Is the Internal Revenue Service (IRS) impartial? That question is currently circulating in Washington and throughout the country. The question was fueled by the recent audit selection of two high ranking government officials who spoke out against former President Donald Trump: Former FBI Director James Comey and Deputy Director Andrew McCabe.
The audits were not just any type of audit, but a rare and highly intensive IRS deep dive into their financials. The fact that the IRS flagged both for the National Research Program (NRP) audit has led to concern that the agency is not acting impartial.
What is so special about these audits?
As discussed in an interview with The Hill, these audits are very intensive. The government uses all sorts of metrics to choose targets. These can include:
- Lifestyle. Odds of an audit increase if a taxpayer’s lifestyle does not line up with their tax returns.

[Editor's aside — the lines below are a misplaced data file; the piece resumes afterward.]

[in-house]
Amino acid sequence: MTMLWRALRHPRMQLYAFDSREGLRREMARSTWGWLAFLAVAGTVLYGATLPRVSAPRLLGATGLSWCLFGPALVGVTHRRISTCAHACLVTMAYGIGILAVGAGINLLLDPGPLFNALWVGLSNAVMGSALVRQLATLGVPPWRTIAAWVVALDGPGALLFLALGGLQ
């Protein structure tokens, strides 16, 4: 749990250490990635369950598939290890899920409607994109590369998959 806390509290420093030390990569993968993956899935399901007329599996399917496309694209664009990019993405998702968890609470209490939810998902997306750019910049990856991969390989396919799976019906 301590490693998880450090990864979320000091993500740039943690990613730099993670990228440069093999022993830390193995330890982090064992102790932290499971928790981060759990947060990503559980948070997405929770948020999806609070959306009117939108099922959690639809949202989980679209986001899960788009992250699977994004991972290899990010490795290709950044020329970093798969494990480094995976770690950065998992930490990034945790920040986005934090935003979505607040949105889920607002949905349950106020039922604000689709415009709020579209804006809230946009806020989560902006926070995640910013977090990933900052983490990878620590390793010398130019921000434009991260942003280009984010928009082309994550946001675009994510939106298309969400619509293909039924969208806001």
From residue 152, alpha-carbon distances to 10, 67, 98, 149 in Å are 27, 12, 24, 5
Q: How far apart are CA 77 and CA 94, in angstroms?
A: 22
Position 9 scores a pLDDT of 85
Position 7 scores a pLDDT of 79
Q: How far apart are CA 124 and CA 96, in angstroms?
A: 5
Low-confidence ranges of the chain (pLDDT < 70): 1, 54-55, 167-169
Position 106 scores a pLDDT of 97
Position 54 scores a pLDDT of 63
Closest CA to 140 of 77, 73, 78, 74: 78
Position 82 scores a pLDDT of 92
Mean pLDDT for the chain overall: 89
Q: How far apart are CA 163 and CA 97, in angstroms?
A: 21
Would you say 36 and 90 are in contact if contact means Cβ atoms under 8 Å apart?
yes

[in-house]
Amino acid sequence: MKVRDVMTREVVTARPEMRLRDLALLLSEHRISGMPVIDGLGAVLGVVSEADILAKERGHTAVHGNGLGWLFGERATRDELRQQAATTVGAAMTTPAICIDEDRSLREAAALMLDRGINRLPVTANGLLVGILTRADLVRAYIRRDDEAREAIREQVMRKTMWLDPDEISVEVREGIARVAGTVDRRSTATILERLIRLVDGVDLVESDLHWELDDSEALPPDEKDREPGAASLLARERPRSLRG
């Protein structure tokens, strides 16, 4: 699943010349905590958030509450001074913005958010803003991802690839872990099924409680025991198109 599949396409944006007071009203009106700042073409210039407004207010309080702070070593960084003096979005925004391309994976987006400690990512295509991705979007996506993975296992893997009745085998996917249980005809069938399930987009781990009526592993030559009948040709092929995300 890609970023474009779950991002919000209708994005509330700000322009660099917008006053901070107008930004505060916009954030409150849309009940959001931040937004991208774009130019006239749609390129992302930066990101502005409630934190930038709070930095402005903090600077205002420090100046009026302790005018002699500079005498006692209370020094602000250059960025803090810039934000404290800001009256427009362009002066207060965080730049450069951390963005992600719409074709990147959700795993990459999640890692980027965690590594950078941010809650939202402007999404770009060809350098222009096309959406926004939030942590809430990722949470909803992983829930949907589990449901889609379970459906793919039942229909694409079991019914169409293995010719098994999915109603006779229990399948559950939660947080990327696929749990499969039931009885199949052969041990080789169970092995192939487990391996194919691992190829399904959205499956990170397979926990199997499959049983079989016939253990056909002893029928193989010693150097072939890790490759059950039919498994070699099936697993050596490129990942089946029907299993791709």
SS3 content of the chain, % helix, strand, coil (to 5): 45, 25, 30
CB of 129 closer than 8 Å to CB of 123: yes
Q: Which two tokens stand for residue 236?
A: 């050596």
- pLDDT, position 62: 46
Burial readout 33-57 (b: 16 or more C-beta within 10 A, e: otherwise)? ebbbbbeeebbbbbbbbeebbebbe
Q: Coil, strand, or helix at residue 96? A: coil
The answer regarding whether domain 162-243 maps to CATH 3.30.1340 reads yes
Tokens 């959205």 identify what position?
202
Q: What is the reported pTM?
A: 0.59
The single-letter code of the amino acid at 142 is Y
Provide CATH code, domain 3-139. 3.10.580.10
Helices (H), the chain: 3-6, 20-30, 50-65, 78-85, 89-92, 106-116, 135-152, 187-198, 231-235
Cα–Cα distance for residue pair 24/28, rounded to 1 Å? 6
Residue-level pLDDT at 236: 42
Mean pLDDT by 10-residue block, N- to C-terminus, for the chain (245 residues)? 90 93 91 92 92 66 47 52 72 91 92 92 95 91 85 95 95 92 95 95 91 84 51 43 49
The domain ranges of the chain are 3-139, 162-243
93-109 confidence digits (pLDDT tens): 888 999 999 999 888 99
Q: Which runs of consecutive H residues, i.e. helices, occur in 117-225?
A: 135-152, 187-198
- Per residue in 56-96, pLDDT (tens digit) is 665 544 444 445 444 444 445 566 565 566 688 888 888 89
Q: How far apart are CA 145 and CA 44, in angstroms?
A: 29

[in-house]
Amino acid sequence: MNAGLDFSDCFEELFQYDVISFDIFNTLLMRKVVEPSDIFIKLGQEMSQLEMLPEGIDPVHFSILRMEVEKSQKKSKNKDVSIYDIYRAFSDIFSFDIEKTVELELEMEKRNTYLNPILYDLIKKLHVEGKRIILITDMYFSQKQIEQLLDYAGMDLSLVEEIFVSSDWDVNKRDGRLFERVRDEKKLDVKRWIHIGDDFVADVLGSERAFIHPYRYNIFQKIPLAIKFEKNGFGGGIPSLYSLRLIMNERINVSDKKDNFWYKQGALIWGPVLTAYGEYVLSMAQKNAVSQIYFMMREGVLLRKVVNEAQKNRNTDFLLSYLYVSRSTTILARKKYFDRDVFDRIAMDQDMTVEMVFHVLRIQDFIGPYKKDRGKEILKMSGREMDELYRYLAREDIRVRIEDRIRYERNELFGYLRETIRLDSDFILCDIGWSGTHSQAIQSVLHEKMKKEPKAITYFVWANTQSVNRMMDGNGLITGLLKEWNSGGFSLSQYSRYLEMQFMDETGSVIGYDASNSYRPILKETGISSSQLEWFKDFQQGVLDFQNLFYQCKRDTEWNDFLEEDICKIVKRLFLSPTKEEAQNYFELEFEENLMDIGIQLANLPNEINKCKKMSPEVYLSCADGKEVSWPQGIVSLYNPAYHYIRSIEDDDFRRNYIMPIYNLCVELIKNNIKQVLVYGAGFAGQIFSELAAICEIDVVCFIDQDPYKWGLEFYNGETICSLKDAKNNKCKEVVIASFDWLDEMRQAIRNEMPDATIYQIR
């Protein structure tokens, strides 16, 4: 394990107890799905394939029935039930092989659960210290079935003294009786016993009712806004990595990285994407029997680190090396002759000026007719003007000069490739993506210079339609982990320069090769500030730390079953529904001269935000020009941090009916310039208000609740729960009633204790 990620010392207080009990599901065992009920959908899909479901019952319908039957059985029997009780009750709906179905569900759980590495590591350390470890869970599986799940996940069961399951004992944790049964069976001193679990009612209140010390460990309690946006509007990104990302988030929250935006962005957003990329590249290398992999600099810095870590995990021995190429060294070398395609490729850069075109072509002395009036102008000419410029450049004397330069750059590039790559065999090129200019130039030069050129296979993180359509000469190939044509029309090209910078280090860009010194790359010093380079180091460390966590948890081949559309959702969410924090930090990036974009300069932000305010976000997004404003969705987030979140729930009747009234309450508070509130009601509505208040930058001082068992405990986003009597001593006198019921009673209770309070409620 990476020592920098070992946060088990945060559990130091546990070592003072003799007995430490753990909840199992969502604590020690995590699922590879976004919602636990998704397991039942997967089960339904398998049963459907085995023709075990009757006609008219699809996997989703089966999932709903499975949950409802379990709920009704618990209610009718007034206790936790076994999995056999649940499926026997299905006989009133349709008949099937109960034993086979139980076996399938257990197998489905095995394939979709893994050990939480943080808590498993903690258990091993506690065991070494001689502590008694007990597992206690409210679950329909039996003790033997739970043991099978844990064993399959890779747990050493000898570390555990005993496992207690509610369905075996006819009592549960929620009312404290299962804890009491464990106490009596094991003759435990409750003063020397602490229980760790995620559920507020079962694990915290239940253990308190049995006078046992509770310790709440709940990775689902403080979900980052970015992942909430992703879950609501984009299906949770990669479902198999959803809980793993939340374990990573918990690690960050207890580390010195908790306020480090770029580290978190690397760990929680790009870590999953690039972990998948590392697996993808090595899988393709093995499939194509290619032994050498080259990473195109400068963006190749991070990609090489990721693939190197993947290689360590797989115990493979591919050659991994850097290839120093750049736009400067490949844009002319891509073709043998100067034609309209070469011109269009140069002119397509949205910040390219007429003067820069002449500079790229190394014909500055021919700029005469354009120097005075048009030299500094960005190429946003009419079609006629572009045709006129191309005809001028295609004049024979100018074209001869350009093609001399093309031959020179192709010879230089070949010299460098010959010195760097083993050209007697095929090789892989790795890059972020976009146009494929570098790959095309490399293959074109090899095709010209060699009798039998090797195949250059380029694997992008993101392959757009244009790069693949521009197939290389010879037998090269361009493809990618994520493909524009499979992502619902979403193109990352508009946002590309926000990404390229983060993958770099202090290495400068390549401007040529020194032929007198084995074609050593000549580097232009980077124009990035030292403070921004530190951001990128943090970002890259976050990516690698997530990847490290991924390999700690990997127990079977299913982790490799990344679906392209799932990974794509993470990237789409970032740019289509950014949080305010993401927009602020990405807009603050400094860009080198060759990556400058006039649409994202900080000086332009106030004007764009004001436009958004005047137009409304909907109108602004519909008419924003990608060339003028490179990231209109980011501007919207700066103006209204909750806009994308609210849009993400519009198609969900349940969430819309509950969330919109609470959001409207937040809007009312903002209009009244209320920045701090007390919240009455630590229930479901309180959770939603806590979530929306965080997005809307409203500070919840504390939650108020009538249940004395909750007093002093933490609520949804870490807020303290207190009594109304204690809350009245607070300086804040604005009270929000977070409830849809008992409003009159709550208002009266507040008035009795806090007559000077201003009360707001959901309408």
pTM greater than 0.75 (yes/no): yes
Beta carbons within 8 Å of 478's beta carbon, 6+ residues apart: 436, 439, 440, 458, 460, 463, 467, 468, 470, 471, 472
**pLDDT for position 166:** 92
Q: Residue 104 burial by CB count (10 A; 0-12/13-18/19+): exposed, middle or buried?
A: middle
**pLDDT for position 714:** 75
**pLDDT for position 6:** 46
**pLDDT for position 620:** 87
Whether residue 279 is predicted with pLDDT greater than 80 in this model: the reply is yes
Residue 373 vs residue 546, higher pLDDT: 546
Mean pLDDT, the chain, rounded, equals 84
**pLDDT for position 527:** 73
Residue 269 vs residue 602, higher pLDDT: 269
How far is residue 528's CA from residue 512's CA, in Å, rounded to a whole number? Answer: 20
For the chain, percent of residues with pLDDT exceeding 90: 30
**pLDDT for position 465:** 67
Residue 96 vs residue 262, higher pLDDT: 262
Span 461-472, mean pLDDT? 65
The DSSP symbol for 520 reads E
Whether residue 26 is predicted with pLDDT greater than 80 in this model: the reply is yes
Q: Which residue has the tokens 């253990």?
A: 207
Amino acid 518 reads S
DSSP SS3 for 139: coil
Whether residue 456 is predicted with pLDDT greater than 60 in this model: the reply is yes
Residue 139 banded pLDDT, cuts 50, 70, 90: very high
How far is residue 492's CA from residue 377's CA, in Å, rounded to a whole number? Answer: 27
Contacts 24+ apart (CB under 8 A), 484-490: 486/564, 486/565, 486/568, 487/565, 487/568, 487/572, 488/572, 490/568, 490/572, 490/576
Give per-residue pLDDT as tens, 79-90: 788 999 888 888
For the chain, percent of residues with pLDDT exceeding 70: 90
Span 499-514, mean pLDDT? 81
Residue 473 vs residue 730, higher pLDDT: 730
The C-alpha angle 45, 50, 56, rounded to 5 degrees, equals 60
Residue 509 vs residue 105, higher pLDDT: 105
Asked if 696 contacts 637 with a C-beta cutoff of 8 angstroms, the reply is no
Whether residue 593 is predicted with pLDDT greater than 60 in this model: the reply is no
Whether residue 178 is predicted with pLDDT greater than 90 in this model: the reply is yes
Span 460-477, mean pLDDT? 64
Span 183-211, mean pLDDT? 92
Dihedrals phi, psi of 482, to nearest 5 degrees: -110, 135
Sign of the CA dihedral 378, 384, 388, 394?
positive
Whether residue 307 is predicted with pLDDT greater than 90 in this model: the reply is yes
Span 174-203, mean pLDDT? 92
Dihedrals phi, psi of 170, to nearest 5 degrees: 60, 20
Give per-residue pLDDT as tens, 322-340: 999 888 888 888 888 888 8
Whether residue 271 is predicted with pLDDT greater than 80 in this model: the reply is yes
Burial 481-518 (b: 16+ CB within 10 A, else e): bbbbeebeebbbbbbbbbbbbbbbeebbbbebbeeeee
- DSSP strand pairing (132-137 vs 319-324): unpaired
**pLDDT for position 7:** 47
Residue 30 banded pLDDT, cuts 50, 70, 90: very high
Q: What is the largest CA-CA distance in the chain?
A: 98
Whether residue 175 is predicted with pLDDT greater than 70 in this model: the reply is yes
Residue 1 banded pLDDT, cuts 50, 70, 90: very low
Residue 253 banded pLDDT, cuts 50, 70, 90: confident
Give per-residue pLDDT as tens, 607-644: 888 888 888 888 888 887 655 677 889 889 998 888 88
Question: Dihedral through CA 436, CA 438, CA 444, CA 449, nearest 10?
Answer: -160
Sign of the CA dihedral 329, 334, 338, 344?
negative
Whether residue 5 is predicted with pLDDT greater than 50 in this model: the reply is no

- Whole numbers on tax returns. The odds also go up if it appears the taxpayer estimated their expenses and other amounts within their tax returns. Whole numbers are often a red flag.
The exact selection process is a closely held secret. Those who believe the audits were impartial point to the fact that both subjects spent years in federal office and released best-selling books after they left their positions. This led to a drastic change in their tax returns in a short period of time.
What if I am the subject of a federal tax audit?
Whether impartial or not, the discussion serves as a reminder of the need to take notification of a tax audit seriously, whether the audit is an intensive NRP audit or other form of audit. The attorneys at Goldburd McCone have experience in these matters and can advocate for your interests.